I have not found a discussion of these issues anywhere yet. The dealer I've been working with just gave me the answer above … not cost-effective unless kept for many years.
I'm an older, single woman, wanting to do some touring with my dog for the next 2 years or so. I'm expecting various friends to link up for certain legs of the trip. I will appreciate good guidance.
Mark Says: Gas versus diesel is an age old discussion and one that often times gets heated. If asked this question several years ago I would have responded similar to the salesperson, because the cost difference was quite significant. Tody's RV's offer many gasoline models in the same price range as many diesel products. Mainly due to advances in the chassis itself driving the prices upward.
What I can tell you is a diesel will last longer that a gasoline engine so if you plan to keep the RV for a good amount of time it would be worth the investment. I have no idea what is going to happen with the types of fuel or the cost comparison between gas and diesel.
Maintenance wise it used to be that diesel required less, keeping in mind there are more filters etc. on a diesel, but nowdays gas engines can go upwards of 100,000 before a tune up, with nothing more than routine oil changes, air filters etc.
This probably does not help much. If you want some other peoples opinions I recommend you go to the open roads forum and post this same question in the appropriate forum. You are sure to get many responses. Here's a link http://www.rv.net/forum/
Q. I'm writing to ask which of your DVDs you think would be the most helpful for someone needing help understanding rv electrical systems and learning how to tap into them for simple projects such as a fridge baffle compartment fan, adding a 12v plug receptacle to charge things like cell phone, etc.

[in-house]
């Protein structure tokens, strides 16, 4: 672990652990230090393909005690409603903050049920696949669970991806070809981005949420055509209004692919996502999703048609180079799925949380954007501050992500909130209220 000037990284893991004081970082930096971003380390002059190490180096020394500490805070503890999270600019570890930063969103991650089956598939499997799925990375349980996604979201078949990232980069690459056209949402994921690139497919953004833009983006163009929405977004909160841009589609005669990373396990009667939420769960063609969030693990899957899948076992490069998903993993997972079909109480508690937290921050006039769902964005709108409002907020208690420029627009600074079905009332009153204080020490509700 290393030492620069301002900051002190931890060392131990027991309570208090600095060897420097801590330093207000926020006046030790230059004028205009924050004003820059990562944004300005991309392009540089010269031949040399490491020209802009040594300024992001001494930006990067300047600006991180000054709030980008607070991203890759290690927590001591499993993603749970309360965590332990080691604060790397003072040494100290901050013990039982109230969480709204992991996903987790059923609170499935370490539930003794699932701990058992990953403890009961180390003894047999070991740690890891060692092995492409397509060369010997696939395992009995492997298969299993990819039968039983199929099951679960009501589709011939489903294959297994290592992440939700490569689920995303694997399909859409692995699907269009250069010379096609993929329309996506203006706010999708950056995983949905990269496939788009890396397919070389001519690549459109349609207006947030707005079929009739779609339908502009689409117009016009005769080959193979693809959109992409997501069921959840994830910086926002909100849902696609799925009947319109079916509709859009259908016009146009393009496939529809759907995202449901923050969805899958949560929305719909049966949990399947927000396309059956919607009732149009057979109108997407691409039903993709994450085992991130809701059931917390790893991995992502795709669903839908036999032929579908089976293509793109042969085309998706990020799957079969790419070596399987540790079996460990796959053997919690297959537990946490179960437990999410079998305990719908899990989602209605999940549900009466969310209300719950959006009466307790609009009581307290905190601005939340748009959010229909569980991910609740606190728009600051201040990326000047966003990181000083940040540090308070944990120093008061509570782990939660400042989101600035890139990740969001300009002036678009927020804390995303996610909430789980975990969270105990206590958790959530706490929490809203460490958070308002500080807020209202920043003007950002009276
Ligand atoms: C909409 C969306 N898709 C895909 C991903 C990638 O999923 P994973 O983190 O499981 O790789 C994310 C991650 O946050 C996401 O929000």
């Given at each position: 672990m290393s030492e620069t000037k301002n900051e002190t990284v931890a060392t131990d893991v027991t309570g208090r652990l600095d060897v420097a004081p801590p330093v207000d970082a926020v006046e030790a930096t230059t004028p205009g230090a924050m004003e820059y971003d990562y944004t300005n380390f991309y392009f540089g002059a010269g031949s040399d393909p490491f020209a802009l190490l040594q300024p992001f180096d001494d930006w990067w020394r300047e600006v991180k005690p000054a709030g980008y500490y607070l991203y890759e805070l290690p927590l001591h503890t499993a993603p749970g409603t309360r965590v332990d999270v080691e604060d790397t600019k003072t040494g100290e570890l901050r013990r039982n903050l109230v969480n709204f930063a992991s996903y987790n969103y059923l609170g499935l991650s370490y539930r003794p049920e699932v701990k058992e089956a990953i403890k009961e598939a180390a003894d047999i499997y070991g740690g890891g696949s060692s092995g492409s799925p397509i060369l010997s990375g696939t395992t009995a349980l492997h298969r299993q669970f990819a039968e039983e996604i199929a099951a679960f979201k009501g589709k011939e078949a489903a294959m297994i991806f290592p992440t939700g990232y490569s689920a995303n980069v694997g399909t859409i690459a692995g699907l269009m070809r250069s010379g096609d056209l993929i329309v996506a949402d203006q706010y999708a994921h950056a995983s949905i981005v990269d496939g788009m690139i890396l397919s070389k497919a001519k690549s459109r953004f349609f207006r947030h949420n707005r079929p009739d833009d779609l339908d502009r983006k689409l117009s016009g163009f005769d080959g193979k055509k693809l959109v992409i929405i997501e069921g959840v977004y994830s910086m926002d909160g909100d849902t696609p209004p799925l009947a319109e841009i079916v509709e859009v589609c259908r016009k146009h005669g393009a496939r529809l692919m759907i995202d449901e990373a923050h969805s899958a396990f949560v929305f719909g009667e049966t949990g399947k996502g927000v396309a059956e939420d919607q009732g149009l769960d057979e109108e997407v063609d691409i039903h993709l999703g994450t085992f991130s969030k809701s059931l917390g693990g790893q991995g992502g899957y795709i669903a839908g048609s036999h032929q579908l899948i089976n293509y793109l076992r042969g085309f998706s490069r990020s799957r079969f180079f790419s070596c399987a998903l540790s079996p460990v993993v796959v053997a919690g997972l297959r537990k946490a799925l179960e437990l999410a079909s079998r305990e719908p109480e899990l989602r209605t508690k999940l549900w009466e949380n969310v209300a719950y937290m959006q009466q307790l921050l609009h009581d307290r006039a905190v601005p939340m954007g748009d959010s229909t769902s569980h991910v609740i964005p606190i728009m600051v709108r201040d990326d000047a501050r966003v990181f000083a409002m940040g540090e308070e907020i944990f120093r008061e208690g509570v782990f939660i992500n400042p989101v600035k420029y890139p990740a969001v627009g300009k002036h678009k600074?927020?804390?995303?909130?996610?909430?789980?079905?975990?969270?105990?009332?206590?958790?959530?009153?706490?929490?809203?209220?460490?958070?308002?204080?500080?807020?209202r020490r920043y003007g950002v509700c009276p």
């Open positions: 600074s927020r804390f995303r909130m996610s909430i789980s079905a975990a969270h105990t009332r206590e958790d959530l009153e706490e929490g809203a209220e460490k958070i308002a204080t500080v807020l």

If not one of your DVDs, if y'all know of a book I'd really appreciate the advice. Thanks.
Mark Says: I do not think any of our DVD's would be helpful in these areas. There are a couple of books that might be useful to you. The RV Handbook and RV Repair & Maintenance. Here is a link where they are available. http://www.trailerlife.com/bookstore/index.cfm?a=d&subcat=1
Q. We have a 2003 23 ft. Komfort trailer with one airconditioner, micro wave, radio, and TV. Would you please tell us how to determine what size generator we need for the trailer?
Mark Says: The easiest way to determine what size generator you need is to calculate how many watts you plan to use at any given time. I am including 2 links that will tell you how many watts everything uses and then there is a link where you can plug those figures in and it will tell you the size generator you will want to get.
Q. I have a refrigerator that's freezing up. It Happened after we defrosted it last august. as of may 1 after turning it back on, it still freezes. any help?
Mark Says: Here is one possibility. Look inside the refrigerator compartment toward the back and you will see some fins. On one of those fins there will likely be a small piece of plastic. You can slide it up or down on the fin. That will control the temperature inside the refrigerator compartment. If it gets bumped or moved from it's original position it can cause it to freeze in the refrigerator. The problem is I do not remember which way to slide it to make it stop freezing. Get a small refrigerator thermometer and experiment with it to see where it needs to be adjusted. It will take quite a bit of time in each position so so patient. You want the temperature in the refrigerator to be around 36 to 37 degrees. Food can begin to spoil at 40 degrees.
Hopefully this will correct the problem.
Copyright 2007 by Mark J. Polk owner of RV Education 101
Source by Mark Polk